expert photoshopThree sisters ages 92, 94 and 96 live in a house together. One night the 96 year old draws a bath. She puts her foot in and pauses. She yells to the other sisters, “I can’t remember if I was gettin’ in or out of the bath?”

The 94 year old yells back, “I don’t know. I’ll come up and help.” She stops half way up the stairs and calls out. “Was I going up the stairs or down?”

The 92 year old is sitting at the kitchen table having tea listening to her sisters. She shakes her head and says, “I sure hope I never get that forgetful.” She knocks on wood for good measure, then yells,”I’ll come up and help both of you as soon as I see who’s at the door.”

Memory is a funny thing, here today, gone tomorrow. And it’s not just an issue for the elderly. At 45, I have a memory like a fish. Did I mention that I have a memory like a fish? I once left my kids in child care while working out. Then I drove all the way home before I realized I had left them behind.

Memory loss is not all bad. I have a friend with Alzheimer’s who had been a chain smoker for 30 years. She woke up one morning and forgot she was a smoker; quit just like that. Her health improved, even while her memory slipped. Whether it’s smoking, or difficult past experiences, sometimes a loss of memory is not all bad. As the Senility Prayer says, “May I have the senility to forget the people I never liked, the good fortune to run into those I do like, and the eye sight to tell the difference.”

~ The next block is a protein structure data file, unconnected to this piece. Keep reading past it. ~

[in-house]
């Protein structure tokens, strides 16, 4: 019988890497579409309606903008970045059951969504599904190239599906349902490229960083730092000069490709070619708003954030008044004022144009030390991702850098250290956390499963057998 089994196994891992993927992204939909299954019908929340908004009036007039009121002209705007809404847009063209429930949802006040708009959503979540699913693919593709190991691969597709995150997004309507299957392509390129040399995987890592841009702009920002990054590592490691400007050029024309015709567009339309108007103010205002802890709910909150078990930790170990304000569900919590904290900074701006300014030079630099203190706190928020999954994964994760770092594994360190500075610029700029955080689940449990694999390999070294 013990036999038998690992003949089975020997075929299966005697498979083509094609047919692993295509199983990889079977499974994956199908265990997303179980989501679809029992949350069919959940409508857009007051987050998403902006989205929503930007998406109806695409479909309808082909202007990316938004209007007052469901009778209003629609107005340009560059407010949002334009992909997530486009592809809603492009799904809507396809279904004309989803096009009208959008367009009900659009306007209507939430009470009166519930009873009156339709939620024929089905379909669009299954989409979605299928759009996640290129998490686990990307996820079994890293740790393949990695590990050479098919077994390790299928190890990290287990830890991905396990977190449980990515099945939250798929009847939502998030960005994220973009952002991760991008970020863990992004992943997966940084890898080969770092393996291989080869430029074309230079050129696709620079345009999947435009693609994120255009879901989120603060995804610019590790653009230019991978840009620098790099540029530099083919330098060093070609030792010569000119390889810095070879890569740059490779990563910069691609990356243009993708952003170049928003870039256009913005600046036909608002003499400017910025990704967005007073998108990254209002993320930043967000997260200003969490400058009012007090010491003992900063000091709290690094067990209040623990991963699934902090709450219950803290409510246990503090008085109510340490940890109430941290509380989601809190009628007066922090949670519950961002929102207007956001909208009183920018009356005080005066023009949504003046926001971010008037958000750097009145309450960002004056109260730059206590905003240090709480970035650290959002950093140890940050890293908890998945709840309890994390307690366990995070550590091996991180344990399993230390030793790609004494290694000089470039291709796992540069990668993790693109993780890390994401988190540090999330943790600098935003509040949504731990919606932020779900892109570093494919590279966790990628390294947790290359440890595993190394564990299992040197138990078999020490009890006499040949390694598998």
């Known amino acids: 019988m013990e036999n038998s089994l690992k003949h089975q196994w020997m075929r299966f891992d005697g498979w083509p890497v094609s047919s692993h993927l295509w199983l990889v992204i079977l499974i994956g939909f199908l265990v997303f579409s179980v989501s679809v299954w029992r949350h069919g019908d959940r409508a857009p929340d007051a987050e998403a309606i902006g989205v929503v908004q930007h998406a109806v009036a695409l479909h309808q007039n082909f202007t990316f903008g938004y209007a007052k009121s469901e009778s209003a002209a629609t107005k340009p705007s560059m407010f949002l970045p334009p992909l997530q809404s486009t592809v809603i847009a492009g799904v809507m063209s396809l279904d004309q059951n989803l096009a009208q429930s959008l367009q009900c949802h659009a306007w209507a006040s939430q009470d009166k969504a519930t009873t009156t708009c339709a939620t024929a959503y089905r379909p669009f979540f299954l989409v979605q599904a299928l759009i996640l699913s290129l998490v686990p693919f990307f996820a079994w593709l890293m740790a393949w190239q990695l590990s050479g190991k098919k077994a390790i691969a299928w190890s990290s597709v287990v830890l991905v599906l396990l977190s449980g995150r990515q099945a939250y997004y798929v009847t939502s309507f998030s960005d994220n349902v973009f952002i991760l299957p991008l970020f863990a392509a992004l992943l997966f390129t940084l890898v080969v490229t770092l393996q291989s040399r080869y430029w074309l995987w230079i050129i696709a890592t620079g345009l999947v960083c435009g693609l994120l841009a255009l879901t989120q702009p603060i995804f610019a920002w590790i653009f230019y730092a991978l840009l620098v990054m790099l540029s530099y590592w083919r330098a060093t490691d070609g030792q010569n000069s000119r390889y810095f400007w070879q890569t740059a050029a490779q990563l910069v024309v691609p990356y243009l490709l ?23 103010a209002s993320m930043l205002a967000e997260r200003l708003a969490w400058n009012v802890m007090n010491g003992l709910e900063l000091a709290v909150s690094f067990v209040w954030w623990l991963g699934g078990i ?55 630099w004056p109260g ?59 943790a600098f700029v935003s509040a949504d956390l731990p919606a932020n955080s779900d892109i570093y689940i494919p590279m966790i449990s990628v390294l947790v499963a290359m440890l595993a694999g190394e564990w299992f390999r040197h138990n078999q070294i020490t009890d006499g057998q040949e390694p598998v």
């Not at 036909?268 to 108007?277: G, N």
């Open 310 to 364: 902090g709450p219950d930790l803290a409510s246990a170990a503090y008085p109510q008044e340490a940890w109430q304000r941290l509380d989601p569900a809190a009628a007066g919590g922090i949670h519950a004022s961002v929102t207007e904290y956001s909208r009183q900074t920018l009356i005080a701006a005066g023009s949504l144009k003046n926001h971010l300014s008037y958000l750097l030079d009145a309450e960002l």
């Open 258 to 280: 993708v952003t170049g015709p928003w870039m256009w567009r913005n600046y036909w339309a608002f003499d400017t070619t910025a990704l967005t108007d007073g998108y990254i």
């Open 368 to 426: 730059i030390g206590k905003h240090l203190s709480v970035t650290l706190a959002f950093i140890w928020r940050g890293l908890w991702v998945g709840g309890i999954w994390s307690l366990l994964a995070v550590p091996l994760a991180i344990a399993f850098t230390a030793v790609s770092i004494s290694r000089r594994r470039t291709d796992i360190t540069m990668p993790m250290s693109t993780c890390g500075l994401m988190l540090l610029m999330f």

Forgetting often makes it easier to move on, forgive and leave certain things behind. As long as you are genuinely moving on, and not suppressing painful memories.

Memory loss is not all bad. Remembering is important too. 20th century Spanish philosopher, George Santayana said, “Those who cannot remember the past are condemned to repeat it.”

We tend to remember selectively, romantically if we’re overly optimistic, sentimentally if we’re overly traditional and regretfully if we’re overly nostalgic. .

The equivalent of selective memory in history is revisionism. A light hearted example is from the TV comedy The Office. Michael Scott stole a photograph of his girlfriend with his ex husband and two kids on a ski trip. He photo shopped the ex-husband out of the picture, put himself in and gave it to her as a Christmas card. “Skiseasons Greetings” as he said. His girlfriend Carol said “This is weird.” Michael said, “I don’t understand.” She was not impressed and dumped him.

It’s dangerous to try and change memories, especially other people’s memories.

Holocaust denial is the ultimate example of the dangers of revisionism. Peoples’ suffering gets swept under memory’s carpet with this sort of revisionism. It’s the same with most wars. It’s right to remember and honor those who went to war to fight for freedom. We can remember and learn from their example, that sometimes you have to make sacrifices for things you believe in. We should also remember the lies and political deceit that lead to most wars.  If we don’t remember the past, we are condemned to repeat it.

There’s a world of difference between revisionism and reframing the past. Revisionism leads to denial and a repetition of the past and reframing leads to learning from the past, healing memories and moving on.

You can’t change what happened in the past. It’s all water under the bridge flowing in a river of memory. And every time you step in to a memory, like a river, it’s a different experience each time. You can’t change the past, but you can build a bridge in your mind, from memory to meaning. Choose how much power you give the past, and what you make it mean about who you are. From this perspective, up on the bridge of awareness, you can learn from the past, make sure you don’t repeat it, and reframe your memories in a way that serves you and others. In the next piece I write more about reframing memories.

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